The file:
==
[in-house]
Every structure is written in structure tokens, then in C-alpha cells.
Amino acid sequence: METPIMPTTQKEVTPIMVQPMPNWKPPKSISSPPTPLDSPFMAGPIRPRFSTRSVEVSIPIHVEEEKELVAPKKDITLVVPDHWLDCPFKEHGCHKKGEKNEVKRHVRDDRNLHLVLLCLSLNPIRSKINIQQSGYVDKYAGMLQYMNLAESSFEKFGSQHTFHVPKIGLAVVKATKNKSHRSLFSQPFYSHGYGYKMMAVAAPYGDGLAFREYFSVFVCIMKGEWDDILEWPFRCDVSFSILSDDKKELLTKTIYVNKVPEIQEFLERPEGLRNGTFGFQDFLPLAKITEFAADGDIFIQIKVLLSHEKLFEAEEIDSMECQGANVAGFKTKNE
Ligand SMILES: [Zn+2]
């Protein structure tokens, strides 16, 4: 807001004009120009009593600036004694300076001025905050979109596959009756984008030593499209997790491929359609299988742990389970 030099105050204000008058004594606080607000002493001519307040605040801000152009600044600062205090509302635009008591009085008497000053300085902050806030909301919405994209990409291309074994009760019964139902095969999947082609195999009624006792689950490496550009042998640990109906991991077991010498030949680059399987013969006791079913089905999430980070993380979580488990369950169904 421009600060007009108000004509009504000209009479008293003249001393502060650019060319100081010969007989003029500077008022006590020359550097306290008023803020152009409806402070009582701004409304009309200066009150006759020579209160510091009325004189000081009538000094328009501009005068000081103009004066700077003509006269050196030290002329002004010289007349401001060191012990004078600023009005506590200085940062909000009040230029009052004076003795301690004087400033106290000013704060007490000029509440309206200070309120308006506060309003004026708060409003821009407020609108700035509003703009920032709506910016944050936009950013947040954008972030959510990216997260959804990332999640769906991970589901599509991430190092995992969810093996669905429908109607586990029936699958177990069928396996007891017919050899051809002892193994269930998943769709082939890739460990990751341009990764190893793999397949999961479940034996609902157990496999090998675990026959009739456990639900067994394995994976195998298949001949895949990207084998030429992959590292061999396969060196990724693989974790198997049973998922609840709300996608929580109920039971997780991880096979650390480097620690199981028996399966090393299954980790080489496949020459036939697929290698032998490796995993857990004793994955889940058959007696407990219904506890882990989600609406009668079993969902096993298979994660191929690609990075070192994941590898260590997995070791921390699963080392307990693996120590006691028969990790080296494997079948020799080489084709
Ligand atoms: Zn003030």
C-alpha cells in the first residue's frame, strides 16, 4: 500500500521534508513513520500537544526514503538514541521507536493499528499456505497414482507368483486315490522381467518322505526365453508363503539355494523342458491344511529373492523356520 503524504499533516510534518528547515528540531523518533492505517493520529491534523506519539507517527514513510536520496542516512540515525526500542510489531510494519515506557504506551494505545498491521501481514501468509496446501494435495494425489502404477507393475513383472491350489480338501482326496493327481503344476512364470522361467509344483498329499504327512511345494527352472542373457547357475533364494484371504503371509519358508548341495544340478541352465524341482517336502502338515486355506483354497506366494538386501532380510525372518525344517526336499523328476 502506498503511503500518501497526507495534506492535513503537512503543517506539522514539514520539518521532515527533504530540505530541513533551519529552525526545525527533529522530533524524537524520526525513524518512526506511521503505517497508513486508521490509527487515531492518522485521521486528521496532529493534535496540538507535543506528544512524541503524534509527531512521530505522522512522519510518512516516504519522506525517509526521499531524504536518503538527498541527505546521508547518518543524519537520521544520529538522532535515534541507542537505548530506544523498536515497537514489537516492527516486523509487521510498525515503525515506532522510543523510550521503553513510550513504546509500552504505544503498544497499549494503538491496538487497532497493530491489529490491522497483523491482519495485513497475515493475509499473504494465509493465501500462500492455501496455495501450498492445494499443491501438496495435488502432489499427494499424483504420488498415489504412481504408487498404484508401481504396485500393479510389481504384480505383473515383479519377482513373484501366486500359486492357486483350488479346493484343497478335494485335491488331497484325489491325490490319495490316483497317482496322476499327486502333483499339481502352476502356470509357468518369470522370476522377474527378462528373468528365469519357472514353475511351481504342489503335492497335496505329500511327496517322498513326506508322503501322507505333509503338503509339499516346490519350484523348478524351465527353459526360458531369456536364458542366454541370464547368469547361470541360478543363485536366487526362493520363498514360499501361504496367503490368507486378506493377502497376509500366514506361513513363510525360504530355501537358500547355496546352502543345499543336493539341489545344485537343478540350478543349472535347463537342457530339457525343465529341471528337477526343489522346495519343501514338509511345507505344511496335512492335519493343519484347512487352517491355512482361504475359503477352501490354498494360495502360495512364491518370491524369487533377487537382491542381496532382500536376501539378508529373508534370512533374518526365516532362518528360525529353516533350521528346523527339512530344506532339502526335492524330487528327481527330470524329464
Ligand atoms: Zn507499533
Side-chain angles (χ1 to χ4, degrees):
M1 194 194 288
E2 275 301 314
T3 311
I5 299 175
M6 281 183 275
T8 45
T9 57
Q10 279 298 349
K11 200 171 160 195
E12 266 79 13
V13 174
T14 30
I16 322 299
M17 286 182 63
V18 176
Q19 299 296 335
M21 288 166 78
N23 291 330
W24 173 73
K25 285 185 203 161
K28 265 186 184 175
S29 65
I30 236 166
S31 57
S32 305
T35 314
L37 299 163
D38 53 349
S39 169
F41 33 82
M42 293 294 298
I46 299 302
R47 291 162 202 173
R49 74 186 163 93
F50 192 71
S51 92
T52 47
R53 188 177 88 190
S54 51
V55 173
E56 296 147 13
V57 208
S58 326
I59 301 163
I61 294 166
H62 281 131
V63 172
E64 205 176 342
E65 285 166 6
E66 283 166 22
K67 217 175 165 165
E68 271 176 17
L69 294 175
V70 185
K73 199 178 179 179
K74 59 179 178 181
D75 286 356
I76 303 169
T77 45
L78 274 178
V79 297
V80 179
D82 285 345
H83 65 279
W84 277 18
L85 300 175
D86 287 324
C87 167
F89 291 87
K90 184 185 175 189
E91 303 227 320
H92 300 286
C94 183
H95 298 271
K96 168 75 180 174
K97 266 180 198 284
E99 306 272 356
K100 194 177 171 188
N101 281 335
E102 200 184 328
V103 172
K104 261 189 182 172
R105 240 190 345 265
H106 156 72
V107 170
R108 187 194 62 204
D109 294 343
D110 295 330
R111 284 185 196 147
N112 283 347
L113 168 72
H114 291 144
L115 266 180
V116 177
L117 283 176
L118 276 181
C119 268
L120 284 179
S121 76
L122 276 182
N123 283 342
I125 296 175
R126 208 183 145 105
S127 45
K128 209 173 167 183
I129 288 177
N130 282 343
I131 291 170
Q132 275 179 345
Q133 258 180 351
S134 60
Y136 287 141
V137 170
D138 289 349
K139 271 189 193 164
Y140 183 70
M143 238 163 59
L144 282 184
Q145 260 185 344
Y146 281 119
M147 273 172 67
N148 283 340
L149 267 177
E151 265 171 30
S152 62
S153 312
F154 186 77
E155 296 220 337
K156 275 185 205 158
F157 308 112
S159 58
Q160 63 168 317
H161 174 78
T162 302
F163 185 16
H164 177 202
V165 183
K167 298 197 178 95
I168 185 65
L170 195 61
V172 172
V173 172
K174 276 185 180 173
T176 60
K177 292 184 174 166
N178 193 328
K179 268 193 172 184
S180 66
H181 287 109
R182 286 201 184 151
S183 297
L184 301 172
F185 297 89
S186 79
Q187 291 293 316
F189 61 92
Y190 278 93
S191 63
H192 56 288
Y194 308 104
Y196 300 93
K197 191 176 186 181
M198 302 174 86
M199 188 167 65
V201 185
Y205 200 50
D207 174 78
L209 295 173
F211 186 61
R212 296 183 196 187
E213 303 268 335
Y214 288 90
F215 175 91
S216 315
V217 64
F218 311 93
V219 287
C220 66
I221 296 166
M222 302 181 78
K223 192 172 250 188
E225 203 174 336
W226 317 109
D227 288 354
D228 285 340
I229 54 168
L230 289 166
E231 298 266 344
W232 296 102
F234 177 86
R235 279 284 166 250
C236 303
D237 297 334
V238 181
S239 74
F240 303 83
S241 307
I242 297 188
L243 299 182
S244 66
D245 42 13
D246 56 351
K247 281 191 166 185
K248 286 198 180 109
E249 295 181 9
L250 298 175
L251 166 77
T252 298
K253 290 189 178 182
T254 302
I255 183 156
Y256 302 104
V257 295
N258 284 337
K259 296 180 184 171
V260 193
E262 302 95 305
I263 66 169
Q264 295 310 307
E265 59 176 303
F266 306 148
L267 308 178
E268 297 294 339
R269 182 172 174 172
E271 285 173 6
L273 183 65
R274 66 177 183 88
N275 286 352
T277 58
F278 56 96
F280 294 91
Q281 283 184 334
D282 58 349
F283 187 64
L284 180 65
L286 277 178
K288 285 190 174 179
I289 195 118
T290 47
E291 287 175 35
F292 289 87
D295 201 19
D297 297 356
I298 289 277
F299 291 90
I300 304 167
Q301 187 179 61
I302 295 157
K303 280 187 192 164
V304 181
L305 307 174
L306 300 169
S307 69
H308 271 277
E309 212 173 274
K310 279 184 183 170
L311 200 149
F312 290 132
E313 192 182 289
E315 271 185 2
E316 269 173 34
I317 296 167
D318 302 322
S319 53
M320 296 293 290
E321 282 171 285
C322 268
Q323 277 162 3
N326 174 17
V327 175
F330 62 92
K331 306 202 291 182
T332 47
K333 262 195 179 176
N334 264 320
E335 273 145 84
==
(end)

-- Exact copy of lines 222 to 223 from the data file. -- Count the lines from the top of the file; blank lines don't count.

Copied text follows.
V257 295
N258 284 337